Sunday, 31 August 2008

riveted horror; all other mirrors were in public relations.

More from The Information, by Martin Amis:

He spent his first two hours in New York wearing an expression of riveted horror. This expression of riveted horror was not a response to American violence or vulgarity, to the disposition of American wealth, the quality of American politicians, the condition of American schooling or the standard of American book reviewing (hopelessly variable but often chasteningly high, he would later conclude). No. This expression of riveted horror Richard came to know well. He looked horrified and riveted, and he knew he looked horrified and riveted, because he was staring into the riveted horror of his own face.

In the bathroom, at the hotel. It was a shaving mirror, on a retractable arm, supplementing the broad background of the regular mirror (itself implacable enough). The shaving mirror had a light above it; it also had a light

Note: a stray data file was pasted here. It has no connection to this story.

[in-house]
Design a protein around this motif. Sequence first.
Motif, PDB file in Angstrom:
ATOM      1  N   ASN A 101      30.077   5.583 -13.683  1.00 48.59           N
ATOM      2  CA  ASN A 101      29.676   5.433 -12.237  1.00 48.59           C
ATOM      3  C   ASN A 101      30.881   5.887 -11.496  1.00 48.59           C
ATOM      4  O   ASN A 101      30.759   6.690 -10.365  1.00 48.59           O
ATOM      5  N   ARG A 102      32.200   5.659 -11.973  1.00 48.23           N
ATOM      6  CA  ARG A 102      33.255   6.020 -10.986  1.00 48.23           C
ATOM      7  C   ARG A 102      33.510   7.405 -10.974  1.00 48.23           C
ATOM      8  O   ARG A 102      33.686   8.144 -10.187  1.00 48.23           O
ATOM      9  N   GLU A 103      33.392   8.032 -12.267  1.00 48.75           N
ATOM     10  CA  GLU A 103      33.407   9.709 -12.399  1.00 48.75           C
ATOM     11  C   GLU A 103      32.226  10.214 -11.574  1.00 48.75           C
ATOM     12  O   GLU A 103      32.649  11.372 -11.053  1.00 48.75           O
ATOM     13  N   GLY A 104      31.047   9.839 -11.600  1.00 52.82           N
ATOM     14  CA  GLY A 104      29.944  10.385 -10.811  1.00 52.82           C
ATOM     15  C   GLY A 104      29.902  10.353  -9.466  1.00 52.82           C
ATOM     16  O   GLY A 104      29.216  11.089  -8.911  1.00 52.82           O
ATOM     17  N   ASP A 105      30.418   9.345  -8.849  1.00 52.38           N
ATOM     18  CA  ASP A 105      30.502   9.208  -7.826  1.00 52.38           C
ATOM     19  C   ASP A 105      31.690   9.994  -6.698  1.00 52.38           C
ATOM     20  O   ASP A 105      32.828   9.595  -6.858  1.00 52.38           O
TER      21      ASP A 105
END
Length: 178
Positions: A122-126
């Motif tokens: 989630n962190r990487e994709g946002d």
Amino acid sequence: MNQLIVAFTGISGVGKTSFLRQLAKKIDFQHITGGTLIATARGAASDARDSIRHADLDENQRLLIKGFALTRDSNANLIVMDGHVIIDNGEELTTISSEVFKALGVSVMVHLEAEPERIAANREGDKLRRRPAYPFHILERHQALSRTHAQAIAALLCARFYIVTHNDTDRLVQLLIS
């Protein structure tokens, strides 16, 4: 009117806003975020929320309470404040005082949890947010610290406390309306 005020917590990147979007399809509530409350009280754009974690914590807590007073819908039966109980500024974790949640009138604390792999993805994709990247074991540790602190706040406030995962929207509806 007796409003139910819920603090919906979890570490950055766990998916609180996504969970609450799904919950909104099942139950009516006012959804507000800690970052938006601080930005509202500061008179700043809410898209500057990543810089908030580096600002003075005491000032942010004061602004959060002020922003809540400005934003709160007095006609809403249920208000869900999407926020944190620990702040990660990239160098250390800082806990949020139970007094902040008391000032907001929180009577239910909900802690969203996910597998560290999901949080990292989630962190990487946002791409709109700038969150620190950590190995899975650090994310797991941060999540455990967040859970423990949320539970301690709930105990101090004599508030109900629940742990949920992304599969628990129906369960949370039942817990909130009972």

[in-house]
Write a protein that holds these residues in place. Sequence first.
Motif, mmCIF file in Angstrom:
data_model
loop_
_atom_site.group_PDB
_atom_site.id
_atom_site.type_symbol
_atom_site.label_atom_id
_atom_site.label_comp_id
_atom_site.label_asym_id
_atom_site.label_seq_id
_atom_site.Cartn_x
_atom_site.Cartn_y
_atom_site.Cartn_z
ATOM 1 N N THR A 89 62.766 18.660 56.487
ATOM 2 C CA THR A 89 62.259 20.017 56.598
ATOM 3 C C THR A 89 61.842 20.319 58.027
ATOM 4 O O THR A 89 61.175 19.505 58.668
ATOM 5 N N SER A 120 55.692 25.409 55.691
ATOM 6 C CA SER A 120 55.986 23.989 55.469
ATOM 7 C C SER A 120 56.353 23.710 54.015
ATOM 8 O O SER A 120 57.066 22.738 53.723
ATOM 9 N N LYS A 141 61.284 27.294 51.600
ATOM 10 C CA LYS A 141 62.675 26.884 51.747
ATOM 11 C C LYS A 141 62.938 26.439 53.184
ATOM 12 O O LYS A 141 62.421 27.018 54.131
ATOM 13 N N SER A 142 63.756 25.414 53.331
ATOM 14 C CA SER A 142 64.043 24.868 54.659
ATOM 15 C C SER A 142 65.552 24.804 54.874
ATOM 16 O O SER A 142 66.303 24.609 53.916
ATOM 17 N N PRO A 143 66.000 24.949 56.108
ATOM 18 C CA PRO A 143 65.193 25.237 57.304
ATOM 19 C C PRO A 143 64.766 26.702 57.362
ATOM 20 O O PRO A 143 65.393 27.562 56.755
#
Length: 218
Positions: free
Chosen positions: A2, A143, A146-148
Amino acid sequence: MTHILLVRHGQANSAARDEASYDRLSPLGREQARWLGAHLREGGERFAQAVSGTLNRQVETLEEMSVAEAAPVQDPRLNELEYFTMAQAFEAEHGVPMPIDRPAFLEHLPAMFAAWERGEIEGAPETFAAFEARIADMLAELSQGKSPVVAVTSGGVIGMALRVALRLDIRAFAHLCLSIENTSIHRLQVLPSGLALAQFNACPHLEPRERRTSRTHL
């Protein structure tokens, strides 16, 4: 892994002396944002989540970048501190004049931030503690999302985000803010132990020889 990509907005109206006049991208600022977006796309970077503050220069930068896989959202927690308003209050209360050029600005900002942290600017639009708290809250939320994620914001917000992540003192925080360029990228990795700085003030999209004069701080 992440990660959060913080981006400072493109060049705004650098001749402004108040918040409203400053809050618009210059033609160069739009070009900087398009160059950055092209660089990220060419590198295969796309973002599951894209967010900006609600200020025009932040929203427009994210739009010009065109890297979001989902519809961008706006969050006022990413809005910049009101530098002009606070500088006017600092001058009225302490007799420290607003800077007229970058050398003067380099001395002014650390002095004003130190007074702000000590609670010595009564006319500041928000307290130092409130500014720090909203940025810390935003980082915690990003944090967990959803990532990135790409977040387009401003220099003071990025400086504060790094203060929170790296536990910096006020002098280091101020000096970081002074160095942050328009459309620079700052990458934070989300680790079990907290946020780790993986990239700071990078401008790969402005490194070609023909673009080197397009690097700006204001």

inside it. He thought there must be a lot of people who imagined they looked okay, who fancied they could pass for normal, until they met a shaving mirror in an American hotel. Then the jig was up. Presumably, with the human face, the worst possible representation will always be the truest. This was the best mirror, and it was the worst mirror. All other mirrors were in public relations. After an audience with such a mirror, only two places to go (and maybe the hotel took its cut): the cosmetic surgery, or the church. Richard tried to tell himself that he had looked terrible in London too. And memorably terrible. A week before departure he found that his passport, disused for some while, had quietly gone out of print, or been remaindered. So he breezed along to Woolworth's in Portobello Road and slipped into the booth, expeditiously, without even pausing to arrange his hair. Three minutes later he was shredding the strip of photographs with his fingernails -- photographs in which he looked, at once, incredibly old, incredibly mad and incredibly ill. He returned to the beauty parlor of Calchalk Street, and then tried again; and he spent another six quid before he came up with anything he could seriously present at Petty France . . . The mirror had the power to hold him in position, like a vise. His face, it was nothing. It was scorched earth.

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